The buy-to-let market is an important part of the jigsaw and one area to watch in 2023. There is no shortage of reasons for landlords to consider exiting the market. Rising costs in the form of mortgage and tax and other legislation such as compliance with Energy Performance Certificate (EPC) regulations will require capital and a plan to re-home those residents in the short term to allow works to take place. While material prices have stabilised, labour remains a challenge and the cost to bring properties up to the required standards will inevitably put pressure on the landlords and investors and drive rent prices up in the market. Increased interest rates have and will continue to push up demand for rental properties as some landlords exited the market and rental stock contracts, creating a perfect storm for a shortage in affordable homes rented or owned.
Scotland hit the headlines in October as the introduction of a temporary rent freeze and a ban on winter evictions carried through parliament. Beyond March, rent increases are capped at 3% or on appeal to 6%.
The Scottish Association of Landlords have identified the consequences on rental availability as loss making stock being sold and have started the process to challenge the Scottish Government in court. The question remains on whether investor appetite from further afield has been dampened in Scotland?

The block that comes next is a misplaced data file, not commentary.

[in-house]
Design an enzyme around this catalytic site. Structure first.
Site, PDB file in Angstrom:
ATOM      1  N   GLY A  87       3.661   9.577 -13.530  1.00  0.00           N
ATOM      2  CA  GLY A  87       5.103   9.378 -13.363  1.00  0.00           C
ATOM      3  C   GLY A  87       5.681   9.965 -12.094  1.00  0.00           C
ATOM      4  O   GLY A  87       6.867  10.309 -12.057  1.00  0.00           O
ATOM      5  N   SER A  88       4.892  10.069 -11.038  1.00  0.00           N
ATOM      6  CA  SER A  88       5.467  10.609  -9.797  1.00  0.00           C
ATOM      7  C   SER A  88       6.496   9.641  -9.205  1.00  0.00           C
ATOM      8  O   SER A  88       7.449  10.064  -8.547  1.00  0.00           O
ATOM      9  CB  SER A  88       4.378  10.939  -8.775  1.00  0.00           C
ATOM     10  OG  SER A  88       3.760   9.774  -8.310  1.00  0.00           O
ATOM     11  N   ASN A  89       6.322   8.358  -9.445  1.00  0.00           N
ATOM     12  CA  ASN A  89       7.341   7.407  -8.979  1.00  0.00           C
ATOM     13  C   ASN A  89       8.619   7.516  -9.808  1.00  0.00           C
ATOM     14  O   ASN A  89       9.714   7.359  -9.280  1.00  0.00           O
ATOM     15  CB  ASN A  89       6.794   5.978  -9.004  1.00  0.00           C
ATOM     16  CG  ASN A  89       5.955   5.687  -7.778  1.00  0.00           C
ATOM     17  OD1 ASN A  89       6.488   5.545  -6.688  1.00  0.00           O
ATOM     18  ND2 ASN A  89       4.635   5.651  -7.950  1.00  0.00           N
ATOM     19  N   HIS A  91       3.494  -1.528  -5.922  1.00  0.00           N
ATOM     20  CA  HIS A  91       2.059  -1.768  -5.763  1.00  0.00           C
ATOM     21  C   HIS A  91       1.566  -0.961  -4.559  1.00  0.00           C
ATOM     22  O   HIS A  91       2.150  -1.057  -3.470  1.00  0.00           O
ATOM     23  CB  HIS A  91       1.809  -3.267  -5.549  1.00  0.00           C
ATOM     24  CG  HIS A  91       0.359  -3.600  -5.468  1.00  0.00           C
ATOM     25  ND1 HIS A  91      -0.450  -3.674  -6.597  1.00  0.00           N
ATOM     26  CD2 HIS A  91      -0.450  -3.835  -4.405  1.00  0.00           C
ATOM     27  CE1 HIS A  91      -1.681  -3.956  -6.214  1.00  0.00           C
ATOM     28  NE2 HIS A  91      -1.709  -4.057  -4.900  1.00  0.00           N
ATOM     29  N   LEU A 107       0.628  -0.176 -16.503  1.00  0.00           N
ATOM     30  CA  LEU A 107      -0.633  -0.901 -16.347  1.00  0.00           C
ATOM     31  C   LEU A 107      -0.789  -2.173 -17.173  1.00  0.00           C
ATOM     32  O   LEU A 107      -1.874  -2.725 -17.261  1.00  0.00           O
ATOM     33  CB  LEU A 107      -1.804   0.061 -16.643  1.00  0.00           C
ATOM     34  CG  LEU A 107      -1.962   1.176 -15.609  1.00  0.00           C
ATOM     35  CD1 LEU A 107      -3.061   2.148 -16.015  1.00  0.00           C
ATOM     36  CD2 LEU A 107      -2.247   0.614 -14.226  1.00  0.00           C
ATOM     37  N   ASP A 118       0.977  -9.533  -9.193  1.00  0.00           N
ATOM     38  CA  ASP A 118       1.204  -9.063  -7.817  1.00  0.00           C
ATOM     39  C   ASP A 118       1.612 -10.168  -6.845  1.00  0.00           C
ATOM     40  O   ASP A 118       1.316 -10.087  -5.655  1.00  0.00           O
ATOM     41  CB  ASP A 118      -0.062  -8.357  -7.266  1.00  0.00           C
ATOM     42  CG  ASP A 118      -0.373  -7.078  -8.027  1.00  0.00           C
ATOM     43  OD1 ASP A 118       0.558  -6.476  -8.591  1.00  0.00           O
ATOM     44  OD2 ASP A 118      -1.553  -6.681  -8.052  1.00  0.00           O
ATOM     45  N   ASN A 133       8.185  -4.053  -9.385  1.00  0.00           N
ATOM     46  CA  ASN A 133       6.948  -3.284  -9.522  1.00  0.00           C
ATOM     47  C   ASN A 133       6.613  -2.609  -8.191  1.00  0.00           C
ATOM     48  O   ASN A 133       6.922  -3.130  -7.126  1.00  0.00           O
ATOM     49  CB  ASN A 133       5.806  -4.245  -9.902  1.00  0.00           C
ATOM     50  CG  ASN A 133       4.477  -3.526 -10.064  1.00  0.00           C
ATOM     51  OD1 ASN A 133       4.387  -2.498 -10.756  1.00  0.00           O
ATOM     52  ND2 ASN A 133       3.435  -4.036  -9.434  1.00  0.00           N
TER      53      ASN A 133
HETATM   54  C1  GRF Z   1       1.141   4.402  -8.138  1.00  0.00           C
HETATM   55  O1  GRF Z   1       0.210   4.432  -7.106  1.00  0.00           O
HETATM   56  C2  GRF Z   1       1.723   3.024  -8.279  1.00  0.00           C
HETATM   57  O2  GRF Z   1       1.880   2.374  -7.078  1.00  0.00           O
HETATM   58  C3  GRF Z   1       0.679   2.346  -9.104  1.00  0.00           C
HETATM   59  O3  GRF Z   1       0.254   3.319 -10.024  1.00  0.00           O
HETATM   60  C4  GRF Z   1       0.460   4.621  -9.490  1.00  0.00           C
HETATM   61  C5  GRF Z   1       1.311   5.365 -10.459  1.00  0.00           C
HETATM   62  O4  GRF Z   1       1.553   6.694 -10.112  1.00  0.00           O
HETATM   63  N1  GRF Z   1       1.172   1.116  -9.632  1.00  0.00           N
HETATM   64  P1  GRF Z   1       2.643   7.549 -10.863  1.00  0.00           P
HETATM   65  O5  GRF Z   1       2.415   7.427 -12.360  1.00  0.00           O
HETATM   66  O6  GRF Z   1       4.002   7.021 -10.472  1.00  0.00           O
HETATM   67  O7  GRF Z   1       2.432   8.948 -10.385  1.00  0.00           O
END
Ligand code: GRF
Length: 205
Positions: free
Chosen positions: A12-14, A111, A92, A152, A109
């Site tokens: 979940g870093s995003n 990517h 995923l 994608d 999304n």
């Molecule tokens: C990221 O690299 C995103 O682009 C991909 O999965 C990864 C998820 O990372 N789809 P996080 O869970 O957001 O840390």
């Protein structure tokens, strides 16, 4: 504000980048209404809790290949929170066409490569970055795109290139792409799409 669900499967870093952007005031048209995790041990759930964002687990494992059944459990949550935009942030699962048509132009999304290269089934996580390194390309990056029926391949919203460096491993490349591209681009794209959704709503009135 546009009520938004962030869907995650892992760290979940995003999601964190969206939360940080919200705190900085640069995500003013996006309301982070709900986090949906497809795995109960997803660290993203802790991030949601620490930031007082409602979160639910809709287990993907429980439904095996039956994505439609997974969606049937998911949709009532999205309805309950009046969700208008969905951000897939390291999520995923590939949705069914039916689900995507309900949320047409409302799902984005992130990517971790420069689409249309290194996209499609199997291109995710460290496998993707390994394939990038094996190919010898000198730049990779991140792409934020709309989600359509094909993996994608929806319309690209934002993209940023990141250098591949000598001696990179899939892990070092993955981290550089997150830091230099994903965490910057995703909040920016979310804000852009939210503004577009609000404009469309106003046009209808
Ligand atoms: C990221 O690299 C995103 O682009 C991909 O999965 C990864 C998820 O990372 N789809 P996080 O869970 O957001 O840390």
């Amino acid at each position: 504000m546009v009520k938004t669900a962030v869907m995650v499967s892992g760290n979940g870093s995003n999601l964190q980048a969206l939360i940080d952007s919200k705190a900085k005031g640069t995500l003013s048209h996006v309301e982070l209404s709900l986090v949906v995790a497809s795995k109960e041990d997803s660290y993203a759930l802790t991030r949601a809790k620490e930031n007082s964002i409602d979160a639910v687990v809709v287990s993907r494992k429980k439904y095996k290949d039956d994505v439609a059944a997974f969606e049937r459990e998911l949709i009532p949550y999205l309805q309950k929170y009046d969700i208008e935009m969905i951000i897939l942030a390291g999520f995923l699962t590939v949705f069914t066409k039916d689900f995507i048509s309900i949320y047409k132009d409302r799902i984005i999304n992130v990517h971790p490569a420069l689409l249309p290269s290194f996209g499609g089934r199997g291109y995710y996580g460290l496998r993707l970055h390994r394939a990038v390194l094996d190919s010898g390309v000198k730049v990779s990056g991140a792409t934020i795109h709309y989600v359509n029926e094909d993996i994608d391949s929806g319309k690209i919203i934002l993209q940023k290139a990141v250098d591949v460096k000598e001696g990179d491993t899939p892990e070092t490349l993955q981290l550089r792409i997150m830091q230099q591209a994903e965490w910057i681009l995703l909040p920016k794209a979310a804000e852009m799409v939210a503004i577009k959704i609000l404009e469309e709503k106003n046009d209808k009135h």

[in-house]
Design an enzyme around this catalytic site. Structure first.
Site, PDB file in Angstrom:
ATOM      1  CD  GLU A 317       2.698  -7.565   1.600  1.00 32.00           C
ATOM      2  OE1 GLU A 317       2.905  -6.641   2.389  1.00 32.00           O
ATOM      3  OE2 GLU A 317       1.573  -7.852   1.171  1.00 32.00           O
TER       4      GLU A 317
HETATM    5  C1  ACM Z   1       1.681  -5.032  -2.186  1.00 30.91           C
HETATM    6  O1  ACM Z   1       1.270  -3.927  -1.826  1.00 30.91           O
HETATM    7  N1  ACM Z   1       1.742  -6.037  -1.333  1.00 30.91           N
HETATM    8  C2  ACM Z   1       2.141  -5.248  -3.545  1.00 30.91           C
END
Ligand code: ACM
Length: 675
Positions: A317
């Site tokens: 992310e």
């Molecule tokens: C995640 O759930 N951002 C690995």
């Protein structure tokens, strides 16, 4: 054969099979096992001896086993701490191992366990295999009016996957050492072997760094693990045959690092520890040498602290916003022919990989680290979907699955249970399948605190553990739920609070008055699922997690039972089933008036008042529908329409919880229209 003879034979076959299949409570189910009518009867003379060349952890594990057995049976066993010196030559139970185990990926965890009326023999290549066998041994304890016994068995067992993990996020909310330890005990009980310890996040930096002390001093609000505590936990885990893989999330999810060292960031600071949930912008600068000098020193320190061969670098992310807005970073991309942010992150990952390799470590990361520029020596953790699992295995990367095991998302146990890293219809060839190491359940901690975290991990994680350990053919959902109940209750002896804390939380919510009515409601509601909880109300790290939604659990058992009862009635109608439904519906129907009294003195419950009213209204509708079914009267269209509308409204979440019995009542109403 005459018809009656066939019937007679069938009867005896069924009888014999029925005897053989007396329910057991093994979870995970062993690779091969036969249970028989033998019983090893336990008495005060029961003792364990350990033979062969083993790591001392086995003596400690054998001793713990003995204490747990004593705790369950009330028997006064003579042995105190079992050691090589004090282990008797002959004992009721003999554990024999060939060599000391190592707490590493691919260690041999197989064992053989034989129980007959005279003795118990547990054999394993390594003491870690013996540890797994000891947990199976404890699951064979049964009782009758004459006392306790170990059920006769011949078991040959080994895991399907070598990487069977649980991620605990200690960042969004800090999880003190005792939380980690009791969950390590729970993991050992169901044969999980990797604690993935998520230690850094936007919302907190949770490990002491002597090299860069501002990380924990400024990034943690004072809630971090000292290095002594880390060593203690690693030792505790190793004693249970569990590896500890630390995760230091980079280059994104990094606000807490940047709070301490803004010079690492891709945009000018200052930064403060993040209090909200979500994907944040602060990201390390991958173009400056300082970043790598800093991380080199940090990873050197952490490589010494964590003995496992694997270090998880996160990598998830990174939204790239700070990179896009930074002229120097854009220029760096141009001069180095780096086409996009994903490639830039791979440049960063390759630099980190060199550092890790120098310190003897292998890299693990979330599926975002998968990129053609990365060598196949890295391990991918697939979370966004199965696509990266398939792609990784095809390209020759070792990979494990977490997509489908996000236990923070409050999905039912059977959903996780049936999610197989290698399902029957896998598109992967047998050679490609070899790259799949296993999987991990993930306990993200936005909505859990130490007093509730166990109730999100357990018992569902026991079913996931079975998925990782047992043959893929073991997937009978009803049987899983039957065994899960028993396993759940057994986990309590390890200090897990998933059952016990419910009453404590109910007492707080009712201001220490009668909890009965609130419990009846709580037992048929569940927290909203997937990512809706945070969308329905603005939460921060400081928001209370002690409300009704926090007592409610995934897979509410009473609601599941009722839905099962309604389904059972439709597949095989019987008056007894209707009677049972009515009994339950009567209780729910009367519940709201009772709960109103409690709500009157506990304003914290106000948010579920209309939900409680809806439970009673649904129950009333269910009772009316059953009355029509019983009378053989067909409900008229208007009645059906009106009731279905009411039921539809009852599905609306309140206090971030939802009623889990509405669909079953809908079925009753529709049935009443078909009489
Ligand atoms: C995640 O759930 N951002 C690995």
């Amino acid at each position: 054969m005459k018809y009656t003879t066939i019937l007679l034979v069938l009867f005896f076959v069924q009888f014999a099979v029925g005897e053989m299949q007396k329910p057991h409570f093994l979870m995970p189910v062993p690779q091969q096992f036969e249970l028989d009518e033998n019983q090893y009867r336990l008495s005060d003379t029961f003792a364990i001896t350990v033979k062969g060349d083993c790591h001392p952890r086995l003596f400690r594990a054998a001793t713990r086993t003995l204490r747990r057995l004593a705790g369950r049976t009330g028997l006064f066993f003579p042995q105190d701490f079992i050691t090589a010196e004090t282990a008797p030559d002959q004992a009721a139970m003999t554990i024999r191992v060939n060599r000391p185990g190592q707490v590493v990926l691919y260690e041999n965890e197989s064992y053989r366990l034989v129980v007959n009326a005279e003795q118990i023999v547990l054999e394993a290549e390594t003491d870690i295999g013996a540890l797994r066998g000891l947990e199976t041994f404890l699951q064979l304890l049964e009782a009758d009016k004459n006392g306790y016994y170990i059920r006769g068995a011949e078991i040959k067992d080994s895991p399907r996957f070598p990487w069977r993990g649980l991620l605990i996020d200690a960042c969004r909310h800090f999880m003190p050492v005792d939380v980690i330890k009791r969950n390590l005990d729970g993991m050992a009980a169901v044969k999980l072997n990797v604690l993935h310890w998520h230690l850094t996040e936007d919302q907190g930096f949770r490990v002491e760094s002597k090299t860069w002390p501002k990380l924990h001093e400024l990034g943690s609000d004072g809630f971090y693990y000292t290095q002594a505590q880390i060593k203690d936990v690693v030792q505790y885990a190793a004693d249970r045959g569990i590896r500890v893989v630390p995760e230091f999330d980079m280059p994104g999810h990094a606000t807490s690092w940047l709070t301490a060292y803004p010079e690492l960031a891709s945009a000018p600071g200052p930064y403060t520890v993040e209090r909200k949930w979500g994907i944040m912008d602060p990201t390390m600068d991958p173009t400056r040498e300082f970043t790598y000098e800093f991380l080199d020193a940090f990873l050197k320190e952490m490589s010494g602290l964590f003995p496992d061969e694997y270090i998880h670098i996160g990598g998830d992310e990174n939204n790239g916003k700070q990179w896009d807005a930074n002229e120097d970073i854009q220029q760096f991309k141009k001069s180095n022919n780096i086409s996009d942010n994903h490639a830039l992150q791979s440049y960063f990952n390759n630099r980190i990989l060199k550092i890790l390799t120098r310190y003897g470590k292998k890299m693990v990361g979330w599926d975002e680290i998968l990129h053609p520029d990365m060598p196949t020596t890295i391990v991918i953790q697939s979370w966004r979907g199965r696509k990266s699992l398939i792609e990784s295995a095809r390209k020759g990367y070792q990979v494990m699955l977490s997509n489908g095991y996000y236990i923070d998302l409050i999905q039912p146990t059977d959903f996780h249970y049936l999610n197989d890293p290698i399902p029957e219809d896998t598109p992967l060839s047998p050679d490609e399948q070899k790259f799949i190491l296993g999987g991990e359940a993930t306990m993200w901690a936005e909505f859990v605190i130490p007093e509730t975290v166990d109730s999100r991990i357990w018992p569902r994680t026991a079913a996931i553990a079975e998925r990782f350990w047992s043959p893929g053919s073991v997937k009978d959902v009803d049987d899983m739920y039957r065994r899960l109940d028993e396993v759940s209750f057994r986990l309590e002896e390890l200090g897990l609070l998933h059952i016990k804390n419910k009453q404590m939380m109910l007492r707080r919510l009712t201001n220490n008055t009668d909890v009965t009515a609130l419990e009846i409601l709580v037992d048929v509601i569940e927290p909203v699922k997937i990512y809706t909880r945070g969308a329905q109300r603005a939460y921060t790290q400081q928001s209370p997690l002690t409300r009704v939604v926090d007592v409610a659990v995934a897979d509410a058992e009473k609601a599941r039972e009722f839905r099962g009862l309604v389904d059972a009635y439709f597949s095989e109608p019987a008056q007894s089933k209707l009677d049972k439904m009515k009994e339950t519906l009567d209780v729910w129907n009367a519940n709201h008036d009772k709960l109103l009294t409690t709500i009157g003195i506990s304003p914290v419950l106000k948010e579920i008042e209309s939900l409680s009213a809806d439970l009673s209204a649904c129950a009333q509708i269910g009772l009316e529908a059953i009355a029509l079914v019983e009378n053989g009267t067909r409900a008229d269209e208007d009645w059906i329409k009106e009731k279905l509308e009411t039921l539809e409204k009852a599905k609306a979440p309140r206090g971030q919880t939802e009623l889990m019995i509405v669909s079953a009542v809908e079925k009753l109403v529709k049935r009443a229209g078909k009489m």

Senior living provides opportunities
We expect to see an increase in investment for senior living in the coming years. By 2040 in some areas, those aged 65+ will account for 30% of the population in many areas. There will be a shift towards this demographic renting and paying a management fee akin to build-to-rent and selling oversized family homes. Many other countries lead the UK in the supply of senior living and bespoke retirement developments.
The mortgage market
The data shows lenders are significantly tightening their belts in the aftermath of the ‘mini budget.’ Following Kwasi Kwarteng’s statement on the 23 September, the mortgage market was rocked. The following day, over 40%of the available mortgage products were pulled, marking the highest fall in mortgage products since record keeping began and demonstrating a clear desire for lenders to reduce the fixed rate products.